How the Sony Walkman changed the world: A conversation about music, technology and public space
Featuring Rebecca Tuhus-Dubrow, UCI writer-in-residence, with Lucas Hilderbrand, UCI Film and Media Studies
Thursday, May 12, 2016
3:00 p.m. – 4:30 p.m.
Social Ecology I, Room 112
(building 210 on the campus map)
In 1979, Sony introduced the Walkman, a small cassette player with lightweight headphones—the precursor to the iPod. The Walkman now seems as quaint and clunky as the VCR and the fax machine, but back in the early 1980s, it was a momentous innovation. In addition to disrupting the music industry, it changed the ways that people inhabited public space, blurring the distinction between public and private, in ways that have since grown only more salient. The Walkman was arguably the first mass personal device.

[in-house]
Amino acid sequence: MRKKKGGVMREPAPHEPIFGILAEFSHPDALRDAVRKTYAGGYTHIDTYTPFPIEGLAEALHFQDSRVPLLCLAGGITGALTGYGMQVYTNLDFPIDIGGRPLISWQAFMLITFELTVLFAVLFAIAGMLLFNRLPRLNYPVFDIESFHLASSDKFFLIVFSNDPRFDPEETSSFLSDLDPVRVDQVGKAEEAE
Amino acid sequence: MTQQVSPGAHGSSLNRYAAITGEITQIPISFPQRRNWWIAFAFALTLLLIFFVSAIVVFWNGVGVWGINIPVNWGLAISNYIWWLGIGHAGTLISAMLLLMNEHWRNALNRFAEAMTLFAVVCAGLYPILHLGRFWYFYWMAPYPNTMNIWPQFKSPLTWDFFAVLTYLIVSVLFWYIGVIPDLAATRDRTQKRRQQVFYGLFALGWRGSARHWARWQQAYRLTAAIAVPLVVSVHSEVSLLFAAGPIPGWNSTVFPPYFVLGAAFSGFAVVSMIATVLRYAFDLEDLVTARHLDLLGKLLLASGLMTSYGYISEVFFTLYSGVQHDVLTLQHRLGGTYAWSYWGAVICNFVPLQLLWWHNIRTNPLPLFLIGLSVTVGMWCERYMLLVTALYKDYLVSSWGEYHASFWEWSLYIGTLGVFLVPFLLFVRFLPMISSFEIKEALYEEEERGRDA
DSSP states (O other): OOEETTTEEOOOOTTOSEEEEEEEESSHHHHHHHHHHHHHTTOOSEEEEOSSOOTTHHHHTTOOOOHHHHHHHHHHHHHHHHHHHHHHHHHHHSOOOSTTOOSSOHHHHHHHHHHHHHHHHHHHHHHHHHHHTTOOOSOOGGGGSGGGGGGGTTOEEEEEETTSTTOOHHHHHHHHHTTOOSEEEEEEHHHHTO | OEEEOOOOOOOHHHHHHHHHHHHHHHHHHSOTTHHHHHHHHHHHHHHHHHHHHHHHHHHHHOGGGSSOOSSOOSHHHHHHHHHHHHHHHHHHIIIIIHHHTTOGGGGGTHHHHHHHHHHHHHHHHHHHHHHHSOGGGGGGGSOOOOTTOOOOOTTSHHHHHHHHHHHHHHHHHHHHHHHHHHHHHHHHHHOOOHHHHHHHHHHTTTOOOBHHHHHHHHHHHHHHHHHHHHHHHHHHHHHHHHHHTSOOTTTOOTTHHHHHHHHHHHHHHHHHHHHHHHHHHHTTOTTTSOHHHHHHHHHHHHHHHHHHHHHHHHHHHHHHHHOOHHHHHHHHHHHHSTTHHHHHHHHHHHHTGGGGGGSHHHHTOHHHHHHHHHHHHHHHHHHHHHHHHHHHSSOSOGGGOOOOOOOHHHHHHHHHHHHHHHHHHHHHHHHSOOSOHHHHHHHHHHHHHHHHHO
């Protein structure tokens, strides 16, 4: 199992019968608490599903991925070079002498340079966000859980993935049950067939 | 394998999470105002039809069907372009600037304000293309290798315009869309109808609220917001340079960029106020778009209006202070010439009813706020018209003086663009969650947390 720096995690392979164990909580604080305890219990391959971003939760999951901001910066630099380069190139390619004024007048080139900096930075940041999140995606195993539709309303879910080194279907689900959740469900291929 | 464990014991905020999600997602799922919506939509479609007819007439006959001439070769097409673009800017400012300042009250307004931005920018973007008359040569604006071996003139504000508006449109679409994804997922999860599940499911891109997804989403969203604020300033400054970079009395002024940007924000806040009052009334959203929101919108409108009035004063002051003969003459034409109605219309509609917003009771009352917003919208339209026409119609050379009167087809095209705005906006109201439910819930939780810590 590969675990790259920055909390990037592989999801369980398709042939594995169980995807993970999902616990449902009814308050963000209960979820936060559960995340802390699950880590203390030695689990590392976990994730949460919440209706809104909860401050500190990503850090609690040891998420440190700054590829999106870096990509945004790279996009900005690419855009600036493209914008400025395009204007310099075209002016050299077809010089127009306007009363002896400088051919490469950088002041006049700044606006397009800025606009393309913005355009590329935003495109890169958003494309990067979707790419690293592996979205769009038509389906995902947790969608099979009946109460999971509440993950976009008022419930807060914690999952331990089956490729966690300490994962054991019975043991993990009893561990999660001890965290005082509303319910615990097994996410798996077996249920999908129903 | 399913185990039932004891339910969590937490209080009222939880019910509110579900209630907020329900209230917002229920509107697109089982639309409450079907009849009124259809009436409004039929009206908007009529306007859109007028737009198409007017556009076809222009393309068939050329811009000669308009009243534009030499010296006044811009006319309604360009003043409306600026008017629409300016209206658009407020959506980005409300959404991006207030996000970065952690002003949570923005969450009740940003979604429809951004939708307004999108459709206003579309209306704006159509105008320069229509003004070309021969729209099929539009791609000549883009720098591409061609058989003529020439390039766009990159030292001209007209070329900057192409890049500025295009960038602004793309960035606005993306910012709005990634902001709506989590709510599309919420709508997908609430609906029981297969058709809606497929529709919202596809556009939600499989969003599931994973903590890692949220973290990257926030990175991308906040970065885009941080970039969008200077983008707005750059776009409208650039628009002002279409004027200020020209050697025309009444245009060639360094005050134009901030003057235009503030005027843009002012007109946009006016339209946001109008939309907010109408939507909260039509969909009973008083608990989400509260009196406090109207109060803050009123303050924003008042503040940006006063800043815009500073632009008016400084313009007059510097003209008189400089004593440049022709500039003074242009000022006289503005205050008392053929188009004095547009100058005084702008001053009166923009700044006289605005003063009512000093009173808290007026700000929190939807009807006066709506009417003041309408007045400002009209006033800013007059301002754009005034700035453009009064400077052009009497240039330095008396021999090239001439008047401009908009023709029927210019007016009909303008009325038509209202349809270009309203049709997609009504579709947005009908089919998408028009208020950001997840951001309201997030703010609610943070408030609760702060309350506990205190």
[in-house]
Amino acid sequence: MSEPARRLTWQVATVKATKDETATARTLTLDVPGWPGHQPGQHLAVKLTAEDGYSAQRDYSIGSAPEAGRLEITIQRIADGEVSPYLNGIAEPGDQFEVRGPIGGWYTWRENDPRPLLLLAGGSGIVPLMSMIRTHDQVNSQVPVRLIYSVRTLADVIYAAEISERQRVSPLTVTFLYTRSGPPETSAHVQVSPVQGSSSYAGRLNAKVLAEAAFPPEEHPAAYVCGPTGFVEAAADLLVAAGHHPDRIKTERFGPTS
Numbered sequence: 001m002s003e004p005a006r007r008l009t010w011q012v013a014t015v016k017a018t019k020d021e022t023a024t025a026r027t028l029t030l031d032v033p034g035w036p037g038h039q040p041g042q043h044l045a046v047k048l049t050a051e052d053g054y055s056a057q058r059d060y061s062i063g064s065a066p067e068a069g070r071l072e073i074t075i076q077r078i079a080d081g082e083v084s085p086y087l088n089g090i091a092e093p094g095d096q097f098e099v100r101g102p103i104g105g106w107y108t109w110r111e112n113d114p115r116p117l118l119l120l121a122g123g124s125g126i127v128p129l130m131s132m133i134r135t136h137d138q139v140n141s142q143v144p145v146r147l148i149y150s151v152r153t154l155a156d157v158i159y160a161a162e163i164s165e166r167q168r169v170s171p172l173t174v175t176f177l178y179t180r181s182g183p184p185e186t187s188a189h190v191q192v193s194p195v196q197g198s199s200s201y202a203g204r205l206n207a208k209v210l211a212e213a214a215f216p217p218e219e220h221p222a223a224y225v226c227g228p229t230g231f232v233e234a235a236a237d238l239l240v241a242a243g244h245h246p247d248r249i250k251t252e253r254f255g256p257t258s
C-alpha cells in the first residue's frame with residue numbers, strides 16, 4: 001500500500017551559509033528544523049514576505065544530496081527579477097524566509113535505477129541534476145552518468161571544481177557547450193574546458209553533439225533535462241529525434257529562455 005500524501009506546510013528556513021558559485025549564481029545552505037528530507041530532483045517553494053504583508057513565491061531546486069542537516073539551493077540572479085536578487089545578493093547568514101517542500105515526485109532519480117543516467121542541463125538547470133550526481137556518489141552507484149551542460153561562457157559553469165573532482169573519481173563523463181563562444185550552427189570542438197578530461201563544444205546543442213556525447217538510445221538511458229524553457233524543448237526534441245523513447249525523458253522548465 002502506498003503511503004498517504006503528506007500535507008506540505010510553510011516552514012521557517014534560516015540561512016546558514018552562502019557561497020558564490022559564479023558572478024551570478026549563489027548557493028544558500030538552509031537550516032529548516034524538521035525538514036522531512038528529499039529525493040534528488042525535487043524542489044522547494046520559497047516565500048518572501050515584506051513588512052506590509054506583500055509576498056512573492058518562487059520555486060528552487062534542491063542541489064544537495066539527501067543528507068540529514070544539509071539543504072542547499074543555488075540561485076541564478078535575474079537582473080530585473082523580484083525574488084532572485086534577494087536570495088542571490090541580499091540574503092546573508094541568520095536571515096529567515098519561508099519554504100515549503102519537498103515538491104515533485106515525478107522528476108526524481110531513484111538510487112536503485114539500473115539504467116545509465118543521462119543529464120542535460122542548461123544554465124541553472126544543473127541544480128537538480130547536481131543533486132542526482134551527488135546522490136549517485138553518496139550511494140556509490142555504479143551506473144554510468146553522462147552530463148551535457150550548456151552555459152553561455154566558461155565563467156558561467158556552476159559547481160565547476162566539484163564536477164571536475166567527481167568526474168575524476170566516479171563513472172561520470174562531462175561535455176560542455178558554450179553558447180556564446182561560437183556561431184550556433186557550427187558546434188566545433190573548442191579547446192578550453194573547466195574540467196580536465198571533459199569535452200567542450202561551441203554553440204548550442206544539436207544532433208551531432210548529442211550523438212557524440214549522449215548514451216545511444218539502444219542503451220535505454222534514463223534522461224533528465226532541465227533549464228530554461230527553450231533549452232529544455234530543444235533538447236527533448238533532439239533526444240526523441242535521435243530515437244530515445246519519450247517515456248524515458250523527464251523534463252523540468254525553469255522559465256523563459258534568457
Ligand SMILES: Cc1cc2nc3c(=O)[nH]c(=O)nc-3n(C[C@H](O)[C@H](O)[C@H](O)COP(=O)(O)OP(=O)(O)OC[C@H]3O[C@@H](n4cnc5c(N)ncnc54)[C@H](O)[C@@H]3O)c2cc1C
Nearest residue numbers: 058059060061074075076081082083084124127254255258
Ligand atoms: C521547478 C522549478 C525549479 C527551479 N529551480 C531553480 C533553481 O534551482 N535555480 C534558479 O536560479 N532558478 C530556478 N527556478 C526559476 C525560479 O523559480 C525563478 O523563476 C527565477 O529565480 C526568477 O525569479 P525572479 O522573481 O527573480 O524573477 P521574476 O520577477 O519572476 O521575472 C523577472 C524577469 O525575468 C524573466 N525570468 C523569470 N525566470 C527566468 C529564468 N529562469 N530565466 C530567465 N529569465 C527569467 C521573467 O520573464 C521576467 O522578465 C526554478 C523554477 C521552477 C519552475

In this talk based on her forthcoming book, Rebecca Tuhus-Dubrow, writer in residence at UCI’s Newkirk Center for Science and Society, will summon a time when the Walkman was both a marvel and a danger. She will discuss the ways it changed forever public space and the nature of boredom, and how its reception can help us put our hopes and fears about today’s technologies into perspective. Lucas Hilderbrand, UCI Associate Professor of Film and Media Studies will join the conversation.
Rebecca Tuhus-Dubrow is writing a cultural history the the Walkman.
Lucas Hilderbrand is the author of “Inherent Vice: Bootleg Histories of Videotape and Copyright”
No rsvp required.
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